All things

In treatment, there is a delicate balance between the technical and the human. On the one hand, there is the “technical”, the “way in which the treatment is supposed to take place”. The “technical” is embodied in laws (e.g., the command not to have a relationship with the patient outside of therapy), traditions (e.g., emphasizing the unconscious part of therapy), and methods of action (e.g., transfer analysis). On the other hand, there is the “human”, the “spontaneous move in which the treatment is supposed to move.” The “human” is derived, in fact, for the simple reason that although “therapeutic connection” is “therapeutic”, before it is such it is “connection”, and connection to the world is loaded with “human”. For the most part, there is a fit between the “technical” and the “human” (i.e., to be “technical” is also to be “human”); But – not always. Irwin Hoffman, in a 1993 article on “dialectical thinking and therapeutic action,” describes the tension between the “technical” and the “human” as a tension between traditional rituals and personal spontaneity. Referring to the height at which tensions arose between the “technical” and the “human,” he writes: “I began to wonder to what extent a sense of deviation from tradition or from what seems” more psychoanalytically correct “is important and perhaps even crucial, in therapeutic action.” The same “deviation from tradition” (the same tradition that teaches the therapist to be impersonal, neutral, and distant), Hoffman calls “throwing the book.” In “throwing the book,” the therapist breaks the classic claim to be “technical.” And discovers himself, within the treatment, as a person. The

exact position, between the “technical” and the “human”, is complex. In some ways, it is this position that makes the “therapist” a “master therapist”. As we mentioned in our first conversation (” To change from a therapist to a master-therapist “) This requires deliberate practice, that is, a deliberate and systematic practice. This allows the therapist to identify those” areas “in which he needs to improve and perfect. For this purpose, the therapist is obliged to evaluate Our second conversation (“Measuring means managing”) dealt with the importance of evaluation and measurement, an action at the end of which the therapist can extract the characteristics of his therapeutic action. The tool, which continuously analyzes the conduct of the therapeutic hour, uses two questions to examine its “running” sections: who is the section talking about (patient / therapist / dyad), and p. What does the section talk about (experience content / relationship between experience content / experience potential). While studying the sequence, the tool allows the therapist to pinpoint, and refine, his therapeutic action. The fourth and fifth conversations dealt with the unique “areas” in the Matrix. The fourth conversation (“the dyad – an accelerator of relationships”) was about the dyad, the same connection between the patient and the therapist, a connection that at the time belonged to the two components of it; The fifth conversation (“The potential – from the series to growth”) was about potential. The sixth conversation (“breaking and repairing”) examined how fragments of matrix sequences constitute therapeutic movement, and in fact – in them lies the healing ability of therapy.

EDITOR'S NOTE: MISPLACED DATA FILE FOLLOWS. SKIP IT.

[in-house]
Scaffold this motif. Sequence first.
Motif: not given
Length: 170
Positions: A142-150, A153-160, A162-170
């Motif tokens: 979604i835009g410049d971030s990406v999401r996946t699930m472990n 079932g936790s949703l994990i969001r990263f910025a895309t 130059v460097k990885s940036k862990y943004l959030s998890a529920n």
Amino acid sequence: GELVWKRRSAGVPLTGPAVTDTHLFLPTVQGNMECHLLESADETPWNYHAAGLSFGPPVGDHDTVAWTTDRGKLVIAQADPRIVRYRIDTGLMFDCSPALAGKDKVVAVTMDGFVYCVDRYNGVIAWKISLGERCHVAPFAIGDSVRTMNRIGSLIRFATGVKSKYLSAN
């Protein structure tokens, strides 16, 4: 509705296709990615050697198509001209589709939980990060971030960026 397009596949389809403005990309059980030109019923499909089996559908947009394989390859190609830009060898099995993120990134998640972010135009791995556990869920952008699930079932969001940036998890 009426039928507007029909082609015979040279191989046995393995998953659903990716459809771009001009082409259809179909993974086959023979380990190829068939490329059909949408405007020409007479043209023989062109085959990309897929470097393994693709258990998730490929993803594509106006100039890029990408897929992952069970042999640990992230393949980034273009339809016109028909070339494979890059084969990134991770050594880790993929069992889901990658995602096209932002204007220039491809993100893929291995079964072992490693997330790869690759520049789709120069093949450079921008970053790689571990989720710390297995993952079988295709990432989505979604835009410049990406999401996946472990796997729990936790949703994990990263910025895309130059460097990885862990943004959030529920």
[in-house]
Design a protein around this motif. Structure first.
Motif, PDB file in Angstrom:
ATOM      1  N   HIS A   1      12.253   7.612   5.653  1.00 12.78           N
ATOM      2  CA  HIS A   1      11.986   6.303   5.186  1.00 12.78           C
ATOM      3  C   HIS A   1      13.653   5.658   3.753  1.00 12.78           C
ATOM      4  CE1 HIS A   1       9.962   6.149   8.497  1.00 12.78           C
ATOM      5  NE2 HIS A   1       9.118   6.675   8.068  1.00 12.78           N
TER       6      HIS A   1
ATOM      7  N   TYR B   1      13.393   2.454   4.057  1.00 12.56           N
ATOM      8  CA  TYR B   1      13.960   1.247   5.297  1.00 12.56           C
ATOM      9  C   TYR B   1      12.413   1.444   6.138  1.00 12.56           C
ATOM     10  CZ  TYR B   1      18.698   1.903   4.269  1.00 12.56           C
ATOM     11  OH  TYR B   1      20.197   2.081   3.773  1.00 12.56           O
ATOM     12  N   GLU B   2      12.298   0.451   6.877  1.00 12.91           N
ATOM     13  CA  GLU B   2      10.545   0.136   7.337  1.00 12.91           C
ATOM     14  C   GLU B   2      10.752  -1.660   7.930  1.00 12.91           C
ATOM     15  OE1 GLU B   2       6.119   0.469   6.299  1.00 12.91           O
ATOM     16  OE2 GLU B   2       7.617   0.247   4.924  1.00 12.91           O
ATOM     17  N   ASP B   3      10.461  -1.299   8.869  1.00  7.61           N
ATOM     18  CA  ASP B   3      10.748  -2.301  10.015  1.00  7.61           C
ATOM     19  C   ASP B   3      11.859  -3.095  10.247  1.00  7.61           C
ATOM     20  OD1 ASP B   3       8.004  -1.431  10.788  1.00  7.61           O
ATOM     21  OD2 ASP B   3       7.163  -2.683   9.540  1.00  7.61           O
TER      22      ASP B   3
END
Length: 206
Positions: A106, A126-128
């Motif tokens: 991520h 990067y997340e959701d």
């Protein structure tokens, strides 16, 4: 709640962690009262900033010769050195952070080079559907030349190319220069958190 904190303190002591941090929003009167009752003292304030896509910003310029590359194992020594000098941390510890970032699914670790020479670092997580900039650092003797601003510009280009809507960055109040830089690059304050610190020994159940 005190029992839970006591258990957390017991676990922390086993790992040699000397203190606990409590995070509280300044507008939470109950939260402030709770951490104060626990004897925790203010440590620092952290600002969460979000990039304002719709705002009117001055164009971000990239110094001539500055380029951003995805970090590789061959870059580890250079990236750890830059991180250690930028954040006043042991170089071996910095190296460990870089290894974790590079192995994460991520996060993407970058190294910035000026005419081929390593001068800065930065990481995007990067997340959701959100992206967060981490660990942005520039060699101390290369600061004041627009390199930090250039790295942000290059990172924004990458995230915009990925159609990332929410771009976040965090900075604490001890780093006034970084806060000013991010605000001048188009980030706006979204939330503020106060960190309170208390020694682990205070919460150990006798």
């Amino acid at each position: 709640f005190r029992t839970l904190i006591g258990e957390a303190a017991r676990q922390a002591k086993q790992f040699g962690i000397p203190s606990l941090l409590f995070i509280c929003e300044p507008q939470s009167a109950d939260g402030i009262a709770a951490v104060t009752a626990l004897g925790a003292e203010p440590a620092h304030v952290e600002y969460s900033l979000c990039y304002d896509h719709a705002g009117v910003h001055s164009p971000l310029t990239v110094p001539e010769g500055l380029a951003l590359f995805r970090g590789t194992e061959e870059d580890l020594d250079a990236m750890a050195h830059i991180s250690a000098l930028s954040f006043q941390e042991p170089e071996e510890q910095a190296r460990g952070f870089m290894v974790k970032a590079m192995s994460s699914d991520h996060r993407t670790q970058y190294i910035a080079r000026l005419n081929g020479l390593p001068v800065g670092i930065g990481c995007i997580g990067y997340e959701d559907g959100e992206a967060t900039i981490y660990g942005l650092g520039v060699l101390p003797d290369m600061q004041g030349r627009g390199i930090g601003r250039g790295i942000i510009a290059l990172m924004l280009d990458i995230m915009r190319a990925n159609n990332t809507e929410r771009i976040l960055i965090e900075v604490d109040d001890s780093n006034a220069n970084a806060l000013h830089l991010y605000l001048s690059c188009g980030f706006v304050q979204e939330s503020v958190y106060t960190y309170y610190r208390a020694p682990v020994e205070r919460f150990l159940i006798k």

We invite you to experience the Matrix, learn from it the art of refraction and repair in therapy, to touch through it potential and dyad, to know through it the breadth of psychotherapy, to evaluate through it the therapeutic action, and finally – to become from therapist to master therapist.

Share this post

Share on facebook
Share on google
Share on twitter
Share on linkedin
Share on pinterest
Share on print
Share on email

Leave a Reply

Let's talk about it

Let us know what’s on your mind, and we’ll be in touch soon.